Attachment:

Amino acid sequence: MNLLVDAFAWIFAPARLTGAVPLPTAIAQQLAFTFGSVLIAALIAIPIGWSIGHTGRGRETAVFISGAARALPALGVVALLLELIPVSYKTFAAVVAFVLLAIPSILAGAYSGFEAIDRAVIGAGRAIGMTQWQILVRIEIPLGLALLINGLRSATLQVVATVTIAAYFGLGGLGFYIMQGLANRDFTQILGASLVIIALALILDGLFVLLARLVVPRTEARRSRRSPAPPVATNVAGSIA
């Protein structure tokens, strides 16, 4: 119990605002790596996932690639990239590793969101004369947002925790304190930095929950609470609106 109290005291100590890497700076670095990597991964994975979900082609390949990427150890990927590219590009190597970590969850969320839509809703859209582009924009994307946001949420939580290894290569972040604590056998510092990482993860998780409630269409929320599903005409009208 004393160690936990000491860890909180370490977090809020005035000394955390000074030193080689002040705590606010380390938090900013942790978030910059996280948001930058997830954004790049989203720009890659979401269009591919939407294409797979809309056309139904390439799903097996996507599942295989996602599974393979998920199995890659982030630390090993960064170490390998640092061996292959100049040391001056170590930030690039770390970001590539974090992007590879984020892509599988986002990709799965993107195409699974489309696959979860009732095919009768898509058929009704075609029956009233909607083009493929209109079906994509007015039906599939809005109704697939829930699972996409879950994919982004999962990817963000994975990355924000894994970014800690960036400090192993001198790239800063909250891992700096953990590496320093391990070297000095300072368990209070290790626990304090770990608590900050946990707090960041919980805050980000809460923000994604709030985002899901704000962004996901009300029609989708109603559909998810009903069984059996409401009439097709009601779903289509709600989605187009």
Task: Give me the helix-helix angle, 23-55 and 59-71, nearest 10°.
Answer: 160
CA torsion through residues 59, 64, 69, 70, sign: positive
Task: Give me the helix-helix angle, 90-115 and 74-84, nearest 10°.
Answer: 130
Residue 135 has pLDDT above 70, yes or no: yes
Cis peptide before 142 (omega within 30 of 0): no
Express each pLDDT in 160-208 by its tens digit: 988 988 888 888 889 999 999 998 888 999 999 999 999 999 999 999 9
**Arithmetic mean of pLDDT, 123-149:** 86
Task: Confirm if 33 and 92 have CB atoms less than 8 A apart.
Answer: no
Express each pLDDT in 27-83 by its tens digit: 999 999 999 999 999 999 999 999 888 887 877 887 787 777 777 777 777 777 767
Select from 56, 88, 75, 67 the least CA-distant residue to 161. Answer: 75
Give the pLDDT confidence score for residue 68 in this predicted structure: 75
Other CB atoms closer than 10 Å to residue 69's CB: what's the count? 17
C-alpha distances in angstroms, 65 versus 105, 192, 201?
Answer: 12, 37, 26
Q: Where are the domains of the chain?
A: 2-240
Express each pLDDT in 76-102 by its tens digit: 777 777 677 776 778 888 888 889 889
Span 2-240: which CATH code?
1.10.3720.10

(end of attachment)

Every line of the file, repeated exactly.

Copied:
Amino acid sequence: MNLLVDAFAWIFAPARLTGAVPLPTAIAQQLAFTFGSVLIAALIAIPIGWSIGHTGRGRETAVFISGAARALPALGVVALLLELIPVSYKTFAAVVAFVLLAIPSILAGAYSGFEAIDRAVIGAGRAIGMTQWQILVRIEIPLGLALLINGLRSATLQVVATVTIAAYFGLGGLGFYIMQGLANRDFTQILGASLVIIALALILDGLFVLLARLVVPRTEARRSRRSPAPPVATNVAGSIA
């Protein structure tokens, strides 16, 4: 119990605002790596996932690639990239590793969101004369947002925790304190930095929950609470609106 109290005291100590890497700076670095990597991964994975979900082609390949990427150890990927590219590009190597970590969850969320839509809703859209582009924009994307946001949420939580290894290569972040604590056998510092990482993860998780409630269409929320599903005409009208 004393160690936990000491860890909180370490977090809020005035000394955390000074030193080689002040705590606010380390938090900013942790978030910059996280948001930058997830954004790049989203720009890659979401269009591919939407294409797979809309056309139904390439799903097996996507599942295989996602599974393979998920199995890659982030630390090993960064170490390998640092061996292959100049040391001056170590930030690039770390970001590539974090992007590879984020892509599988986002990709799965993107195409699974489309696959979860009732095919009768898509058929009704075609029956009233909607083009493929209109079906994509007015039906599939809005109704697939829930699972996409879950994919982004999962990817963000994975990355924000894994970014800690960036400090192993001198790239800063909250891992700096953990590496320093391990070297000095300072368990209070290790626990304090770990608590900050946990707090960041919980805050980000809460923000994604709030985002899901704000962004996901009300029609989708109603559909998810009903069984059996409401009439097709009601779903289509709600989605187009």
Task: Give me the helix-helix angle, 23-55 and 59-71, nearest 10°.
Answer: 160
CA torsion through residues 59, 64, 69, 70, sign: positive
Task: Give me the helix-helix angle, 90-115 and 74-84, nearest 10°.
Answer: 130
Residue 135 has pLDDT above 70, yes or no: yes
Cis peptide before 142 (omega within 30 of 0): no
Express each pLDDT in 160-208 by its tens digit: 988 988 888 888 889 999 999 998 888 999 999 999 999 999 999 999 9
**Arithmetic mean of pLDDT, 123-149:** 86
Task: Confirm if 33 and 92 have CB atoms less than 8 A apart.
Answer: no
Express each pLDDT in 27-83 by its tens digit: 999 999 999 999 999 999 999 999 888 887 877 887 787 777 777 777 777 777 767
Select from 56, 88, 75, 67 the least CA-distant residue to 161. Answer: 75
Give the pLDDT confidence score for residue 68 in this predicted structure: 75
Other CB atoms closer than 10 Å to residue 69's CB: what's the count? 17
C-alpha distances in angstroms, 65 versus 105, 192, 201?
Answer: 12, 37, 26
Q: Where are the domains of the chain?
A: 2-240
Express each pLDDT in 76-102 by its tens digit: 777 777 677 776 778 888 888 889 889
Span 2-240: which CATH code?
1.10.3720.10